Chances are when you read PMS one thing comes to mind… or two, but we are concerned with the first one here.
The famous Pantone Matching System has become nothing short of a colossal institution for colour categorisation. As there is probably no design studio in this world without an iconic Pantone book, carefully placed within short reach from the creative’s desk, one can only wonder how could a colour-blind pre-Pantone world even exist.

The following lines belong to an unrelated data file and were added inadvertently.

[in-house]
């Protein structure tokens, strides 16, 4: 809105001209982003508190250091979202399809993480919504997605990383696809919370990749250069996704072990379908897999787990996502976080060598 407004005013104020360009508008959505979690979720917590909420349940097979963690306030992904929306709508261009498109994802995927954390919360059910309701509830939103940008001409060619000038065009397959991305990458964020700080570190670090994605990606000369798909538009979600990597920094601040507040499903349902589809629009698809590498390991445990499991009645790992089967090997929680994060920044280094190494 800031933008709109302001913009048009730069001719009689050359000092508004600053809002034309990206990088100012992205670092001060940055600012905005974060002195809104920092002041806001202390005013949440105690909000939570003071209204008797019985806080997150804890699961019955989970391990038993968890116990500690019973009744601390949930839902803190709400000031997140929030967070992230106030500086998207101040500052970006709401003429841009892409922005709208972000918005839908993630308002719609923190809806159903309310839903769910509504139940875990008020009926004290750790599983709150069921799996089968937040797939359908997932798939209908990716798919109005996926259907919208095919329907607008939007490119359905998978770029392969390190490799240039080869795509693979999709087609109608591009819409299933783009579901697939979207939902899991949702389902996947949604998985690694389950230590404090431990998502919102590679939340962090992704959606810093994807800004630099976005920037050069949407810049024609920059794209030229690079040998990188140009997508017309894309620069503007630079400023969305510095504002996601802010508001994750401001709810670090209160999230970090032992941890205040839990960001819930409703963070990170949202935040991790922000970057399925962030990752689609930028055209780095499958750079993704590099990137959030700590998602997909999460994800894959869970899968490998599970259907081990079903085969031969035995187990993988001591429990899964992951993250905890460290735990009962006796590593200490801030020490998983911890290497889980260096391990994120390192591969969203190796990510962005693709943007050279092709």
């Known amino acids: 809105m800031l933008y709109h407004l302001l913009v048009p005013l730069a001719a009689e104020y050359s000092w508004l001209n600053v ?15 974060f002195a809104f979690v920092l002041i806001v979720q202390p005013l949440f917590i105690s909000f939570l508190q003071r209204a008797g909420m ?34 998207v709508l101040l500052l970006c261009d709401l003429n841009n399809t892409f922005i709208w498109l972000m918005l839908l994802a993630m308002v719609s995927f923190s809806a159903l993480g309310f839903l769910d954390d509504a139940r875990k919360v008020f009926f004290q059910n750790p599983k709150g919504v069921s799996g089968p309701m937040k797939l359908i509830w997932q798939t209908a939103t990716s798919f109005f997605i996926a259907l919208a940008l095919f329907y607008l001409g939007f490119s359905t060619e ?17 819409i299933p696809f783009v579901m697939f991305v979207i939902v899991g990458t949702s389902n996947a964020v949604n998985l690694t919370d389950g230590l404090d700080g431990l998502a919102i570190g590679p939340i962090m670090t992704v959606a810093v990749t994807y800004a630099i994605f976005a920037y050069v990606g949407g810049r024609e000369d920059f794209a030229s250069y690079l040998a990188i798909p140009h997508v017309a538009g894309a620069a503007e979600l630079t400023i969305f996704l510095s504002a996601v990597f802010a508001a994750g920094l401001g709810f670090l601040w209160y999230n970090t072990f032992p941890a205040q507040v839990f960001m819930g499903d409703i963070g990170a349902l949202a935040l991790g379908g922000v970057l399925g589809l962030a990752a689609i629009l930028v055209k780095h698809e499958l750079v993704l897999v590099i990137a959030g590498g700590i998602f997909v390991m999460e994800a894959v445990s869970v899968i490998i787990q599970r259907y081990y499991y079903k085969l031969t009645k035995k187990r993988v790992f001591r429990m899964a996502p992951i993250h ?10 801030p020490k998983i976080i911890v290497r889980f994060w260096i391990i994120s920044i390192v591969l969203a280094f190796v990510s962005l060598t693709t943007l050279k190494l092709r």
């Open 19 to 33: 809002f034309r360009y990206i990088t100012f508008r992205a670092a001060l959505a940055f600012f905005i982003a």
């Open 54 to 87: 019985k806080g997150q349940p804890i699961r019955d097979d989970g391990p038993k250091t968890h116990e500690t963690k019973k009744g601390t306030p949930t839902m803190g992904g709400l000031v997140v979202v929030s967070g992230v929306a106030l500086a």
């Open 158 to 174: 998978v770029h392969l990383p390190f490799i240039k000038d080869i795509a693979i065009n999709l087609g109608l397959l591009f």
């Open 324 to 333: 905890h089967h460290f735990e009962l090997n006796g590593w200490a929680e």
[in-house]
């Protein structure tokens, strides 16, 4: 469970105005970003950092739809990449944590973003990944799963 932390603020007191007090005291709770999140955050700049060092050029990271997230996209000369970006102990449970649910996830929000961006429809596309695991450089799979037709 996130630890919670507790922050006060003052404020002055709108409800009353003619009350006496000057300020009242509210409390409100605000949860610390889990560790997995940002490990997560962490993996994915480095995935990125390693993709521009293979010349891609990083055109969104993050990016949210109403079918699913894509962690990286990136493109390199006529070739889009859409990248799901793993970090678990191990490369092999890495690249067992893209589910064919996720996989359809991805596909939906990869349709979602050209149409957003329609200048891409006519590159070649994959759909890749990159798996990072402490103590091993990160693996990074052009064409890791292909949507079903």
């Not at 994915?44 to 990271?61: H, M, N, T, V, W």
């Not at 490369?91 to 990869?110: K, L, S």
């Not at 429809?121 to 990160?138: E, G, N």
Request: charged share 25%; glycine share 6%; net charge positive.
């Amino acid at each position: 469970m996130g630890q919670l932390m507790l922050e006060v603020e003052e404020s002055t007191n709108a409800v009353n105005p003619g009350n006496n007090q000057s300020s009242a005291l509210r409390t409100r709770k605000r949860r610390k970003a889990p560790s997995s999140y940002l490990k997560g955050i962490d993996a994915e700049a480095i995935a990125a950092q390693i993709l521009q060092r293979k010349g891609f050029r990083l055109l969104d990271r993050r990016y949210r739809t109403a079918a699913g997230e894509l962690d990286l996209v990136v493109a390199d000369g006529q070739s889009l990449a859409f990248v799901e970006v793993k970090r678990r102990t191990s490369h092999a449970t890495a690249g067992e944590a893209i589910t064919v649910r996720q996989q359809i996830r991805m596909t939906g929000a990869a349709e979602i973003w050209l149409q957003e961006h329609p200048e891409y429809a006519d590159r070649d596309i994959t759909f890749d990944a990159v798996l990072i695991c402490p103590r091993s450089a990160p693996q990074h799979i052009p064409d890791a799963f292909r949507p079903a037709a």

That is up until the medieval book historian Erik Kwakkel at Leiden University showcased a humbling discovery: a Dutch book from 1692 which indexes every known colour and hue in 700 handwritten pages of meticulous excellence. The author of the book, A. Boogert explains in the introduction that he wrote the book for educational purposes. Trapped in the irony of its time, the single copy of the handwritten manuscript could have hardly reached too many eyes. Nonetheless, it remains today as an attention worthy reminder that there is more to our craft that is borrowed, than truly belonging to our times.